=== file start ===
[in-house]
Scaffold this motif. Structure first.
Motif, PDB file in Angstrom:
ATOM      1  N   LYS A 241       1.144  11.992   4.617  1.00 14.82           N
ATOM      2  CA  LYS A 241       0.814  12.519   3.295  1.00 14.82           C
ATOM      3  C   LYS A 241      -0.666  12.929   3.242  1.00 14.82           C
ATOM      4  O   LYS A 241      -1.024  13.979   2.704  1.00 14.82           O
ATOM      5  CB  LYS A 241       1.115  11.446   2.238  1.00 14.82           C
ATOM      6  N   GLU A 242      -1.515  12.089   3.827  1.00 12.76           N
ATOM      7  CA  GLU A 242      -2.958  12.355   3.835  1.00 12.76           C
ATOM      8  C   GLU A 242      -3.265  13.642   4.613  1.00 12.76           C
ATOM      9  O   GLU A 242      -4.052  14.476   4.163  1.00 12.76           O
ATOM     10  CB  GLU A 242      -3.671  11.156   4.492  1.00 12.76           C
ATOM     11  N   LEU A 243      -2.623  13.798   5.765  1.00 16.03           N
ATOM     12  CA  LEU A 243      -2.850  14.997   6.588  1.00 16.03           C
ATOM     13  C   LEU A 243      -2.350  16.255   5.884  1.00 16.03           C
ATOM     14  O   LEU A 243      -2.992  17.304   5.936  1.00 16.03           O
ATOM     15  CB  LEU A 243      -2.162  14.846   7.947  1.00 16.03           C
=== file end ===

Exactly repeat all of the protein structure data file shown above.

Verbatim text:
[in-house]
Scaffold this motif. Structure first.
Motif, PDB file in Angstrom:
ATOM      1  N   LYS A 241       1.144  11.992   4.617  1.00 14.82           N
ATOM      2  CA  LYS A 241       0.814  12.519   3.295  1.00 14.82           C
ATOM      3  C   LYS A 241      -0.666  12.929   3.242  1.00 14.82           C
ATOM      4  O   LYS A 241      -1.024  13.979   2.704  1.00 14.82           O
ATOM      5  CB  LYS A 241       1.115  11.446   2.238  1.00 14.82           C
ATOM      6  N   GLU A 242      -1.515  12.089   3.827  1.00 12.76           N
ATOM      7  CA  GLU A 242      -2.958  12.355   3.835  1.00 12.76           C
ATOM      8  C   GLU A 242      -3.265  13.642   4.613  1.00 12.76           C
ATOM      9  O   GLU A 242      -4.052  14.476   4.163  1.00 12.76           O
ATOM     10  CB  GLU A 242      -3.671  11.156   4.492  1.00 12.76           C
ATOM     11  N   LEU A 243      -2.623  13.798   5.765  1.00 16.03           N
ATOM     12  CA  LEU A 243      -2.850  14.997   6.588  1.00 16.03           C
ATOM     13  C   LEU A 243      -2.350  16.255   5.884  1.00 16.03           C
ATOM     14  O   LEU A 243      -2.992  17.304   5.936  1.00 16.03           O
ATOM     15  CB  LEU A 243      -2.162  14.846   7.947  1.00 16.03           C